Film Room: The Steelers Secondary Has Zero Ball Skills

Some statements that are inarguably true. Water is wet. The Pistachio commercial sucks. And the Pittsburgh Steelers’ secondary has zero ball skills.

This isn’t a revelation. We’ve known it all year long. It’s a group struggling to make a play on the football. Any play. A breakup, let alone an interception, would be a minor miracle. It cost them again in Sunday’s loss to Oakland. They were given plenty of chances to make plays. It never happened.

Tomlin admitted the obvious after the game.

“I think equally as frustrating is that we’re on some of these plays,” he said. “We’re there at the ball. We’re not making plays on the ball. Equally frustrating is we’re not making them and they are. It’s not like these balls are falling incomplete.”

Let’s take a look at some of the most notable failures.

This one is probably the least egregious of the ones you’ll see which tells you how low the bar is. Terrell Edmunds is matched up on Jared Cook in the slot. Cook brushes aside Edmunds’ press coverage, running through him and winning inside. Derek Carr hits him on a slant and it goes for a first down.

Too often Sunday, the Steelers allowed inside releases and let the Raiders work the middle of the field. All game long.

This completion down the seam to Derek Carrier. Again, free release to the inside. Despite Edmunds on the tight end’s hip and Sean Davis flying in over the top, the pass is threaded between them and goes for a long completion.

On replay, the ball did hit the ground, but Carr picked up the tempo to run the next play before the Steelers challenged. Oakland did ultimately turn the ball over on the drive.

Now it gets really ugly. Like Tomlin alluded to, Joe Haden has good positioning on this slant to Jordy Nelson. It’s hard to be in better position. But somehow, Haden misses knocking the ball out and Oakland moves the sticks on 3rd and 7. He did everything but finish the play.

They’d end the drive with a TD to Lee Smith.

And the worst example of the day. Morgan Burnett’s rough day capped off by this 39 yard completion to Seth Roberts on their game-winning drive. Like Haden, Burnett has good positioning. He just isn’t capable of finishing the play. He’s late getting his head around – he’s better off just playing the receiver the whole time – and laughably attempts to bat it away AFTER Roberts has already hauled it in.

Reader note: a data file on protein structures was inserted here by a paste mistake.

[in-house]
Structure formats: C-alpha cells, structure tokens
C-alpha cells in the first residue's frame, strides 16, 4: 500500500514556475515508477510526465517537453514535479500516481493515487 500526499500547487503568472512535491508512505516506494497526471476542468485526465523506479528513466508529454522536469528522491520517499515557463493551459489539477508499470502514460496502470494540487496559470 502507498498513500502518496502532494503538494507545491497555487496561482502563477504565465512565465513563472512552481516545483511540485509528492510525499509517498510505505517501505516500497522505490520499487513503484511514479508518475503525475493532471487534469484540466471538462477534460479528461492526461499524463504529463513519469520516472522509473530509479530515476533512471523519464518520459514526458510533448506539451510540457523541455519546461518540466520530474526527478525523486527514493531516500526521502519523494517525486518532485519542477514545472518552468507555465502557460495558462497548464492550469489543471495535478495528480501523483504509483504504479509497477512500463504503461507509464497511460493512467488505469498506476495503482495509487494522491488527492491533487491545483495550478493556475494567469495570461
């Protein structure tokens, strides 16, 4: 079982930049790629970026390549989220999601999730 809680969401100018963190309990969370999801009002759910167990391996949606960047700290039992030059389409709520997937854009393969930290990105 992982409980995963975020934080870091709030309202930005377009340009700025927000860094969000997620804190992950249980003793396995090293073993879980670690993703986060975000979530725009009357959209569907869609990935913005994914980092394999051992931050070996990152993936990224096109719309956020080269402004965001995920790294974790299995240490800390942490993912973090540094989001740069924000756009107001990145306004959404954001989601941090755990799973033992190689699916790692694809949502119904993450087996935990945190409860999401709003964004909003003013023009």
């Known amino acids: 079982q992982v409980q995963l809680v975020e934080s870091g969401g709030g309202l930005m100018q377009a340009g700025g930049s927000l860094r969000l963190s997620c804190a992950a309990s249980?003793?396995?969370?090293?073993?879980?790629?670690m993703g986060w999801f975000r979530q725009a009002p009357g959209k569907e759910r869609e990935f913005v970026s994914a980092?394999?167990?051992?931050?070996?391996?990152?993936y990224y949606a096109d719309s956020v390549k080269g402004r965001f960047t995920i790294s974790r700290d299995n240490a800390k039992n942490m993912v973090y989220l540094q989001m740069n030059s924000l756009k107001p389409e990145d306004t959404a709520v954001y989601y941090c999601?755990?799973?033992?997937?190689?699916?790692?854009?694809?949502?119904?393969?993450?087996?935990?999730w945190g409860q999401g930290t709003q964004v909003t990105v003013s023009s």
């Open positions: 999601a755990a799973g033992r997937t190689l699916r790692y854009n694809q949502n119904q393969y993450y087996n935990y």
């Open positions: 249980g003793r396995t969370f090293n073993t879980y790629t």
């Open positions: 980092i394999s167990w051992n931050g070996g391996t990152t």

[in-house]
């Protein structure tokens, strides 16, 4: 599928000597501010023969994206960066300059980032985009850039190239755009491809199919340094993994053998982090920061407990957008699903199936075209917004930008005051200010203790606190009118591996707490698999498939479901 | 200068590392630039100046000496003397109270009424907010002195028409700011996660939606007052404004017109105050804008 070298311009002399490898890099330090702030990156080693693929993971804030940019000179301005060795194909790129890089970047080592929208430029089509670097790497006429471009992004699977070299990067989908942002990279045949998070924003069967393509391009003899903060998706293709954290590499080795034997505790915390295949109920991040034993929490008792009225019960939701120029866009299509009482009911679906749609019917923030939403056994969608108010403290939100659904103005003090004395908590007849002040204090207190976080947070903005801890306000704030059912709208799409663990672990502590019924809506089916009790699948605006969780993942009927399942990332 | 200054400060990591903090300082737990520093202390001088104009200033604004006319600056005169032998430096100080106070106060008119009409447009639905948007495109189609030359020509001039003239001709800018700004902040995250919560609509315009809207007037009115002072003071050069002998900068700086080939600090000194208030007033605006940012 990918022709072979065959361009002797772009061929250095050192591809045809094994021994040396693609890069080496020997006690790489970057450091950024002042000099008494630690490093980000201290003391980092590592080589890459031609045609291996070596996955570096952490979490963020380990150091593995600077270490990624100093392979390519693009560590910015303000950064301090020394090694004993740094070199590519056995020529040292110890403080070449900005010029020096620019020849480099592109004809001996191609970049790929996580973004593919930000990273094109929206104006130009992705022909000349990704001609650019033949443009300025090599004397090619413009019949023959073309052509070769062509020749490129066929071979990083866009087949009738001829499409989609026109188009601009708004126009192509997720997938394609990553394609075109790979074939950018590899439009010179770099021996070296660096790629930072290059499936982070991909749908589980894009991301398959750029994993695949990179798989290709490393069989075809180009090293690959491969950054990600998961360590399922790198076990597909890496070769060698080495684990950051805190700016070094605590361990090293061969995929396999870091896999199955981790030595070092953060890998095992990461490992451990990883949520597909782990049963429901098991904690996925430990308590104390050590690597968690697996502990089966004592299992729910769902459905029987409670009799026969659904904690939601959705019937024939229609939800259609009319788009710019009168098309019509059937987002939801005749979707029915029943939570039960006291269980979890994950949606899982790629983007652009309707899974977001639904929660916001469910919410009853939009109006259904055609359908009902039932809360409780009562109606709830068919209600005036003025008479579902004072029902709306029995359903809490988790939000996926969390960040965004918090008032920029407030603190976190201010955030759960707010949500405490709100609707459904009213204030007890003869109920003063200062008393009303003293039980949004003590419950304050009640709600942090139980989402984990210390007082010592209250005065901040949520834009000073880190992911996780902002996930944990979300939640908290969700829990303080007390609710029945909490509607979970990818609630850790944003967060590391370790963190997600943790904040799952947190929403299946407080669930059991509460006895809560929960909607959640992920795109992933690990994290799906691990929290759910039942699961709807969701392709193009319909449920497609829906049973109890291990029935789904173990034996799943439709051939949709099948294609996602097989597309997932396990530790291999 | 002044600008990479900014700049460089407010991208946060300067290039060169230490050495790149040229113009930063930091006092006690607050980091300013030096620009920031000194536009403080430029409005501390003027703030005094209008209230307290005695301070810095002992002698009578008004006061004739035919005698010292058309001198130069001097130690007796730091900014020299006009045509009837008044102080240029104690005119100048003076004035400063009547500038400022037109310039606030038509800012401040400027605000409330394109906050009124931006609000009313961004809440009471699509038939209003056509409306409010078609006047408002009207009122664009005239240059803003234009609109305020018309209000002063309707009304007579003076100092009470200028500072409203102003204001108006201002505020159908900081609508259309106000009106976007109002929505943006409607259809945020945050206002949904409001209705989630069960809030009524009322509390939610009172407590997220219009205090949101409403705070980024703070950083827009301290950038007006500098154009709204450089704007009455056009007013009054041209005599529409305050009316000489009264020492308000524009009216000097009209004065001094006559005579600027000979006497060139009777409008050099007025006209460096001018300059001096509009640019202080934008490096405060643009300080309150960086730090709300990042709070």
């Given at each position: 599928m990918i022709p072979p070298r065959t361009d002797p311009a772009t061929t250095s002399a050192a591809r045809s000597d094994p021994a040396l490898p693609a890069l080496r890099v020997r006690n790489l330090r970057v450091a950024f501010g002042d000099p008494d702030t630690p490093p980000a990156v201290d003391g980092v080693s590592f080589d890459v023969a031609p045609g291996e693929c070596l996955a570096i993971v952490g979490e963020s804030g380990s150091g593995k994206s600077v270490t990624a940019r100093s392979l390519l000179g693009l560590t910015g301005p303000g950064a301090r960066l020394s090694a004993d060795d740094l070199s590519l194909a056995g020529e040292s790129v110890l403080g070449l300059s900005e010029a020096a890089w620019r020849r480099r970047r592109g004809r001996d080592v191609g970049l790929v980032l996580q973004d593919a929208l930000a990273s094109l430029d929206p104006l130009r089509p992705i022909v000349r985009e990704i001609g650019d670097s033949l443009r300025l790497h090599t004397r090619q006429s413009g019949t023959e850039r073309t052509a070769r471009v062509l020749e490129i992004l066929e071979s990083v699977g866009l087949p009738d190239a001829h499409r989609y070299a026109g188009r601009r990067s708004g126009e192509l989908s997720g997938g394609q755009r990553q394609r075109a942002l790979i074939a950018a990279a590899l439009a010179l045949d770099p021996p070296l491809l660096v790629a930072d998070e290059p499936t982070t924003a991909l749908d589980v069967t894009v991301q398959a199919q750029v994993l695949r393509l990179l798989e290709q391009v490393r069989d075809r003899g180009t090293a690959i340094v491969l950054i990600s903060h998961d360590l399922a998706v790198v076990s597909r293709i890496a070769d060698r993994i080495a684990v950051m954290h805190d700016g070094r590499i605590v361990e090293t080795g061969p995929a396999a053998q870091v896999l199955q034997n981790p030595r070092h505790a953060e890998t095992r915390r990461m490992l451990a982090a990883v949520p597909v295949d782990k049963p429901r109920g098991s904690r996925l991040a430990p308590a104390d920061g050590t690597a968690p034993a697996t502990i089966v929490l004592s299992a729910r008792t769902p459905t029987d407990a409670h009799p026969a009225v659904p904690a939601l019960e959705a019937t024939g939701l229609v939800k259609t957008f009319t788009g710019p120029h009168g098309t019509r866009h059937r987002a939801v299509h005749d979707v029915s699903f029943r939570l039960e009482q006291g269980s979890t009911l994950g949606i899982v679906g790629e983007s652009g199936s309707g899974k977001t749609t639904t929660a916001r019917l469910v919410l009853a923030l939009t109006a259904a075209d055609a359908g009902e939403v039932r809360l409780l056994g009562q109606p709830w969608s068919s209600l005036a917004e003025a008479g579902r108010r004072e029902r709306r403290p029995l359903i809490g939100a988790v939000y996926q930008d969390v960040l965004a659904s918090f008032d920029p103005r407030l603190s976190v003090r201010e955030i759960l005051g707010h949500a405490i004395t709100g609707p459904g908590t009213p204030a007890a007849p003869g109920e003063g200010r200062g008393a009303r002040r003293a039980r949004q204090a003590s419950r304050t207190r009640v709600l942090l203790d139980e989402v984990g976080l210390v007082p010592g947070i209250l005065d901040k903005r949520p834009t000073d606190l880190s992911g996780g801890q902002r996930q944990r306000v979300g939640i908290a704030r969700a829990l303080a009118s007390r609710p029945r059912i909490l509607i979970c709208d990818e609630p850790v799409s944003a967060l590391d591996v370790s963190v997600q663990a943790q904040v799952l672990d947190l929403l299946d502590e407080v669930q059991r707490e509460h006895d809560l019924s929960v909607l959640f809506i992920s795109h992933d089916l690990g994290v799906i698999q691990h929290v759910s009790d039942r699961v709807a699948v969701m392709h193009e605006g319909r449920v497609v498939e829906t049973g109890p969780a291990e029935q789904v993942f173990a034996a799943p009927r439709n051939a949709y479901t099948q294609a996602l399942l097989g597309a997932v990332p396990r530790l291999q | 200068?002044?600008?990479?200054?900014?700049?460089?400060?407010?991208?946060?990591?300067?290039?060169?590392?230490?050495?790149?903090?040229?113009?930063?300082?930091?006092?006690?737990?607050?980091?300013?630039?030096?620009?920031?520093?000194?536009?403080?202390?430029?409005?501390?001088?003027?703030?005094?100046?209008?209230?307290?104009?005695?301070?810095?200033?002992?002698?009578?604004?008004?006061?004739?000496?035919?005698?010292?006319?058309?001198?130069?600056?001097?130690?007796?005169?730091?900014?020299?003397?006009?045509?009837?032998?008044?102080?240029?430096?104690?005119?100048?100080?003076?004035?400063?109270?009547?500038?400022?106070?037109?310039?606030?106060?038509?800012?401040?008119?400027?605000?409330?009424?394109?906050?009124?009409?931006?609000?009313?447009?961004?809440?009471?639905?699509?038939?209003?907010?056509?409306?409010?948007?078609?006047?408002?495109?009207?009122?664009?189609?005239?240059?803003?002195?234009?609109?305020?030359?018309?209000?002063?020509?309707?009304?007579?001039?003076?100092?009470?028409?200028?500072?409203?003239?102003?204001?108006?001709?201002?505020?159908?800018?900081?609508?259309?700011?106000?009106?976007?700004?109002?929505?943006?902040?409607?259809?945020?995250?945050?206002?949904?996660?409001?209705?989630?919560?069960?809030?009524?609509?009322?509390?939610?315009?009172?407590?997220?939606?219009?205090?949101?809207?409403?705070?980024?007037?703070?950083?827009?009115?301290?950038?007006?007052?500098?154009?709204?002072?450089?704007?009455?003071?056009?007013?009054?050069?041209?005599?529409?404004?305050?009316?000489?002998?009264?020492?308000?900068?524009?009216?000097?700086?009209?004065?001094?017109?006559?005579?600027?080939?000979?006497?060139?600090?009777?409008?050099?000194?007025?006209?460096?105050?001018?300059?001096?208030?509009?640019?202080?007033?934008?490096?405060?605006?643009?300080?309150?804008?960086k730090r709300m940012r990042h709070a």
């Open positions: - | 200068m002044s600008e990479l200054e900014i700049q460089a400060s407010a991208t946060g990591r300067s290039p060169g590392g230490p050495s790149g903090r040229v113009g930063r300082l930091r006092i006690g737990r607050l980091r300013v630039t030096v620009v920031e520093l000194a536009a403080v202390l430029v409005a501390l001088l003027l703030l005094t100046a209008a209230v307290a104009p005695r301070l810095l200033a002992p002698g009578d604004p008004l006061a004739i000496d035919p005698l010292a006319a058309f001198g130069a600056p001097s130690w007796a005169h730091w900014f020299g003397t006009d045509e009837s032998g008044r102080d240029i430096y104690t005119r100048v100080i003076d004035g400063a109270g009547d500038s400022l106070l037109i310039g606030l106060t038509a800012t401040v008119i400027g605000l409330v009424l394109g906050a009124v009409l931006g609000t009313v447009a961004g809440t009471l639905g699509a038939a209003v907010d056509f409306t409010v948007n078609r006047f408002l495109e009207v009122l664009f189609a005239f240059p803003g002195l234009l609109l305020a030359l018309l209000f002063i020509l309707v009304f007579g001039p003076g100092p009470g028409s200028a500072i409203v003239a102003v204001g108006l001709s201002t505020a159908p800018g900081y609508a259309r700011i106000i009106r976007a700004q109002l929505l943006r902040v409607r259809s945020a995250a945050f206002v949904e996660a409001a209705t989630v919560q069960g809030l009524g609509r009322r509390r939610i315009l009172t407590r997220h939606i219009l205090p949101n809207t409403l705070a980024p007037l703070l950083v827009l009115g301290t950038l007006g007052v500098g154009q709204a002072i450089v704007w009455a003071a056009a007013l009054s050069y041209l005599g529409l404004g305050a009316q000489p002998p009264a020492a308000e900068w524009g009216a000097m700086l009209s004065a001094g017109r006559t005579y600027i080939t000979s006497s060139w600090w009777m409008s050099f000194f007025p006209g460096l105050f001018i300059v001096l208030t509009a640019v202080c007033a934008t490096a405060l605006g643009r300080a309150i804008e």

Edmunds is coming over the top but doesn’t make an attempt to jar it out either. So it goes for a monster completion that sets up the game-winning score.

Finally, the Steelers had two great chances to come away with interceptions. Like so many times this season, they let it slip through their hands. I’m showing both in the same clip. Mike Hilton should’ve come down with this pick on 3rd down and didn’t, leading to an Oakland field goal to take a 10-7 lead.

In the second shot, Sean Davis had a tougher attempt at an INT, though maybe he made it more difficult by diving than trying to run through it. Miscommunication between QB and WR, as was the case here, should result in a turnover. Instead, it’s incomplete, and the Steelers are backed up after the punt.

Creating turnovers is a pipe dream right now. Right now, you can’t trust this group to make a play on the football. Even guys like Hilton and Haden, the two DBs with the best ball skills on this team, are struggling. It’s contagious like the plague.

And all the more evidence why this secondary has to be basically built from the ground up.


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